It reminds my to a situation with highway=steps, where for some time the wiki stated (as far as I remember), that ways for steps should best (or always?) be drawn in in the ascending direction of the steps (generally a good logic! – but that was also too complicated for some mappers, and many steps existed which where drawn in descendig direction – with no other tag, and you could not know, if it goes up or down). But then the usage of the tag incline=up or down was recommended as a better and clearer method – and a more flexible one: it allows to draw steps in a descending direction, too. Why not ... And the recommendation to draw it in ascending direction was removed, I think.
Perhaps this could also be the way to go here for a migration/transformation from the old solution/definition (not optimal/not intuitive for everybody) to a better solution. A typical progess. And it also would be a solution for guard rails with two "inner" sides ... Would this be a possibility? Or anyone have a better idea? --Goodidea (talk) 16:44, 11 May 2021 (UTC)

Tagging guard rails with two "inner" sides

I'm aware of guard rails that have struts in the middle and smooth elements on both sides. How should this be tagged? --Biff (talk) 10:59, 25 February 2021 (UTC)

Simply one for each side in opposite directions? We don't care about the struts as much as the rails. ---- Kovposch (talk) 11:04, 25 February 2021 (UTC)
Frequently it is difficult to tag two elements that are so close to each other. They might have to be drawn on top of each other. Maybe it would be better to define an additional tag like guard_rail:smooth. The implied default value would be guard_rail:smooth=right and the other relevant value would be guard_rail:smooth=both. What do you think? --Biff (talk) 11:22, 25 February 2021 (UTC)
Some people have apparently also used two_sided=yes. It's not yet that common for guard rails in particular, though, so there's room for better suggestions. --Tordanik 16:28, 25 February 2021 (UTC)
There's also ~42k side=* for traffic_sign=* mostly. ---- Kovposch (talk) 18:36, 25 February 2021 (UTC)
Problem is these are already defined to be one-sided and direction-dependent. Any change would be very far reaching. Maybe eg barrier=guard_rails? ---- Kovposch (talk) 18:36, 25 February 2021 (UTC)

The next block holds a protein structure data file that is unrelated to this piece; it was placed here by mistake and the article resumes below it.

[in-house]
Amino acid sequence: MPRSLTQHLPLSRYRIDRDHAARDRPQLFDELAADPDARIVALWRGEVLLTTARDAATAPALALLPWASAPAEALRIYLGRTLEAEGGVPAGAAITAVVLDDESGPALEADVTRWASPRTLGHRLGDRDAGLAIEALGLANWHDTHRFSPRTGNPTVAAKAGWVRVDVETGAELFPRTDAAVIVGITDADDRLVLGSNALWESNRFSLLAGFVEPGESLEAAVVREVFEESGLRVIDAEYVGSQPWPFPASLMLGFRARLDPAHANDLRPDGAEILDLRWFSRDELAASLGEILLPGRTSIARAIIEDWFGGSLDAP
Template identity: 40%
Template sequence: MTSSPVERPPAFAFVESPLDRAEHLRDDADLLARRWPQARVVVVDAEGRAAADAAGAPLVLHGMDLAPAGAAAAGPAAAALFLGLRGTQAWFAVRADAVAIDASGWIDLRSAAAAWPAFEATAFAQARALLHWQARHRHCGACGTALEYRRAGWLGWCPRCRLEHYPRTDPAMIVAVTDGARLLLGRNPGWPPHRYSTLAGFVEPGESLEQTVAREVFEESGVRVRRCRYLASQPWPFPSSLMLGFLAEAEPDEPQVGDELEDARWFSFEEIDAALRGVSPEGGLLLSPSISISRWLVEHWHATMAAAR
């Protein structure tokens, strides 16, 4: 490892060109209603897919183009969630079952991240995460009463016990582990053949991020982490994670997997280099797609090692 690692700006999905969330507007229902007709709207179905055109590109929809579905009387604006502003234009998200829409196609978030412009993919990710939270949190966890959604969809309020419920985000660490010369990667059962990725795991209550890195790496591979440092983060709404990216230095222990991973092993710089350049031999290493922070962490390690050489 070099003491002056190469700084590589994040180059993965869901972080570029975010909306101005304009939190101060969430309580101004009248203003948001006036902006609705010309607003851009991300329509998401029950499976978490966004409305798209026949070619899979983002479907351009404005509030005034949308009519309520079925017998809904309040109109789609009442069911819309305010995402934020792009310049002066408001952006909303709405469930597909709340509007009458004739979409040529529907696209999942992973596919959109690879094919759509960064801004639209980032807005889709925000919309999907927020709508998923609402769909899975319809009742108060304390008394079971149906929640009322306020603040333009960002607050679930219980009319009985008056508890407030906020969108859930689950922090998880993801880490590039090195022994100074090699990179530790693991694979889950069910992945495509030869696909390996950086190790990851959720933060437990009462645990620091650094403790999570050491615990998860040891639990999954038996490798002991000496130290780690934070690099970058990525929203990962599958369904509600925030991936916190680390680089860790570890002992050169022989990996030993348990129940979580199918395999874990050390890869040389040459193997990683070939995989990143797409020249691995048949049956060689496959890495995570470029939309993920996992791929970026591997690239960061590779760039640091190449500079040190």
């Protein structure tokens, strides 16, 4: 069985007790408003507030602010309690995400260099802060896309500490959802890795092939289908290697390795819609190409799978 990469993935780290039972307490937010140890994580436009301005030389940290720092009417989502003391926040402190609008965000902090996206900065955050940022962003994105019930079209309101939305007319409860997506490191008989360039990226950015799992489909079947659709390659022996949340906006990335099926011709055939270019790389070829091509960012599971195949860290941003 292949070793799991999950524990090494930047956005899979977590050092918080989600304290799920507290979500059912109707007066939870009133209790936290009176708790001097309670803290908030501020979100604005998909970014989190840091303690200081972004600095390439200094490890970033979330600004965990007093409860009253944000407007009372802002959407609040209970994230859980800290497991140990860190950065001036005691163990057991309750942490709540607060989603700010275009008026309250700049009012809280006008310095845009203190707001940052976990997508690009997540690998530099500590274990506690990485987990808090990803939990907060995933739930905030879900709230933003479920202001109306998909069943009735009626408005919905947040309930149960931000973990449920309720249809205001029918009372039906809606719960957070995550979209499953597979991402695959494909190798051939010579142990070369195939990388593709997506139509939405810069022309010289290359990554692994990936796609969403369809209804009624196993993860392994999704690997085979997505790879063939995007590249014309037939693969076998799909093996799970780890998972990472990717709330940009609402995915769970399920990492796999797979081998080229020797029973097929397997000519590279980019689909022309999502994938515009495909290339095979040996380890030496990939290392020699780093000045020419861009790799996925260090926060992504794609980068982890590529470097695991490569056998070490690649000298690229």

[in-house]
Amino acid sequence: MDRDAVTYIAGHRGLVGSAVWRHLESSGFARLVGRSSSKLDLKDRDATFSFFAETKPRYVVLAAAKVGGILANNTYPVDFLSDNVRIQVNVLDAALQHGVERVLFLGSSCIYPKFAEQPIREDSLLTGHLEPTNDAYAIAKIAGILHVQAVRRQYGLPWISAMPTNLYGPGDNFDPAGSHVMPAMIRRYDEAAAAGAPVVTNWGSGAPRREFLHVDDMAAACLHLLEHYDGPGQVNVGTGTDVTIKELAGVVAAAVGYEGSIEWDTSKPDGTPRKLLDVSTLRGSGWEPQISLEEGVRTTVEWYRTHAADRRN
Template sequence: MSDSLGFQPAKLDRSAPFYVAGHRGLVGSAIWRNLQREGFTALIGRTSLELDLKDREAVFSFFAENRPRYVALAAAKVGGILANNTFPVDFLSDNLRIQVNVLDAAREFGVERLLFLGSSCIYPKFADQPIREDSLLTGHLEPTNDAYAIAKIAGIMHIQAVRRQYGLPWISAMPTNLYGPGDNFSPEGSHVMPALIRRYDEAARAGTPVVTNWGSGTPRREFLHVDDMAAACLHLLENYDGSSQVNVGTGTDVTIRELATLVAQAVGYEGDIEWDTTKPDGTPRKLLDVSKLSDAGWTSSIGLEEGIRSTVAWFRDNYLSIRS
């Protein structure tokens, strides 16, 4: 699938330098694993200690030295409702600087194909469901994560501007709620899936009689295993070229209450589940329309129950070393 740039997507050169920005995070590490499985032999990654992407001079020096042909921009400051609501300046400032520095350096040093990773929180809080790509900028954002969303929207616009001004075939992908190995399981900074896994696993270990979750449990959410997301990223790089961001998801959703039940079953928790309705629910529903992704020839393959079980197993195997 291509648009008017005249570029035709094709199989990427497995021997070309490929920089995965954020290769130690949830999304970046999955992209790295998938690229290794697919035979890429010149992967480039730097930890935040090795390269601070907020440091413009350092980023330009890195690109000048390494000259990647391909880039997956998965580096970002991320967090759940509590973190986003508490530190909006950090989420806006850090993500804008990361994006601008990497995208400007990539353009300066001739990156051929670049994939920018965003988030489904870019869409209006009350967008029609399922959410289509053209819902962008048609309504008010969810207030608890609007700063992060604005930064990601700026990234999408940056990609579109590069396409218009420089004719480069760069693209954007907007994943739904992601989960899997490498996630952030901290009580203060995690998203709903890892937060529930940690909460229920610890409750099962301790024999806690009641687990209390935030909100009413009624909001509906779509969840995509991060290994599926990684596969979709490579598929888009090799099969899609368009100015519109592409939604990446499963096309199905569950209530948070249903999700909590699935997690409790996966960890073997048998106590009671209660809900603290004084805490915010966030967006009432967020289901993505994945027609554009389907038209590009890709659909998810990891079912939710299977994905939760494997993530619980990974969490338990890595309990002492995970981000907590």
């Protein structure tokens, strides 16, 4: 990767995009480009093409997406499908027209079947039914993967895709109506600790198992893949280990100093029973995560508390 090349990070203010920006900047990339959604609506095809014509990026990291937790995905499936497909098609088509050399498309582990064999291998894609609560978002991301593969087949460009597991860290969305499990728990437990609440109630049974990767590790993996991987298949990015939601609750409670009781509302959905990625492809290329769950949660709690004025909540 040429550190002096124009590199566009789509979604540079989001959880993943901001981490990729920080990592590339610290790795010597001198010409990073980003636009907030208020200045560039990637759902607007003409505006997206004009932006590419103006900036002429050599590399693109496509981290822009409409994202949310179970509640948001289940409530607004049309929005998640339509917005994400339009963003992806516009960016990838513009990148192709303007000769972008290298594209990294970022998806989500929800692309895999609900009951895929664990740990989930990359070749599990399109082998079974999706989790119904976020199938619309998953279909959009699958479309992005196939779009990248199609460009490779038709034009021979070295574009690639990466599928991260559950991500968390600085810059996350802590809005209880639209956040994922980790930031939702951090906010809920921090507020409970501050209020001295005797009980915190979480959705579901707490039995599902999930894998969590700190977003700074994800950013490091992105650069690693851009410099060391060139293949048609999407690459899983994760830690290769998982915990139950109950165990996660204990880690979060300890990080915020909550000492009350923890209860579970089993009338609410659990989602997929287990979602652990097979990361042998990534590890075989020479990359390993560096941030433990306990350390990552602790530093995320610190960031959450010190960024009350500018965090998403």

Define steel as default material

According to taginfo ( it is quite common that users add tags that indicate that the guard rails are made of metal or steel. However, according to the tag description, this is anyway the default material. In my opinion, the material only needs to be tagged if it clearly differs from "steel". --Biff (talk) 11:05, 25 February 2021 (UTC)


This node represents a guard rail spanning the width of the street to block vehicular through traffic. [1] This is a common method of calming traffic in a residential neighborhood. It can be mapped as a way, but there should be a barrier=* node of some sort for renderers and routers to know that the road is impassable, similar to how barrier=block is often mapped. A mapper has inserted a tiny highway=pedestrian way as a workaround, but I think allowing barrier=guard_rail to be tagged on a node would be a cleaner solution. – Minh Nguyễn 💬 01:23, 30 June 2022 (UTC)

In some countries, to close a road, they use trees (tree trunks). In others I saw a big pile of sand or earth. According to taginfo, you can currently find barrier=tree (252 on a node), barrier=trunk (14), barrier=earth (2), barrier=sand (6), barrier=embankment (24). So why not a guard_rail. But in the wiki you have to write the "normal" use of a tag. And the normal use of a guard_rail is along a road so on a way. You can have exceptions, but only in osm data base, not on the wiki. The second point is how it will be understood by softwares. "barrier=yes" will be understood by any and when you will search a route from A to B, the software will not send you on this road. With barrier=tree or guard_rail, I'm not sure all software will work. It will probably work because of access=no. So the important tag in your case is not barrier but access. Best regards. Fred73000 (talk) 20:52, 2 July 2022 (UTC)
barrier=log is what you are looking for. I heard some routers don't consider barrier=* without access=*. --- Kovposch (talk) 07:12, 3 July 2022 (UTC)

@Fred73000 and Kovposch: More or less. OSRM primarily considers access tags (not just access=* per se) on nodes along the way, even without any barrier=* tag. It also considers all but a few barrier=* values to imply access restrictions. If a barrier=gate for example is always closed and locked, you'd have to add access=private or access=no explicitly. But for any value that the OSRM developers were unaware of at the time they wrote the whitelist, access=no is assumed.

I certainly would add access tags to a barrier=guard_rail node, but editors and QA tools would still flag it as invalid unless we document that it can also occur on a node. As I said, this is a common method of closing off a road in some regions, more common than barrier=block, which is more expensive to manufacture and install.

 – Minh Nguyễn 💬 06:54, 28 July 2022 (UTC)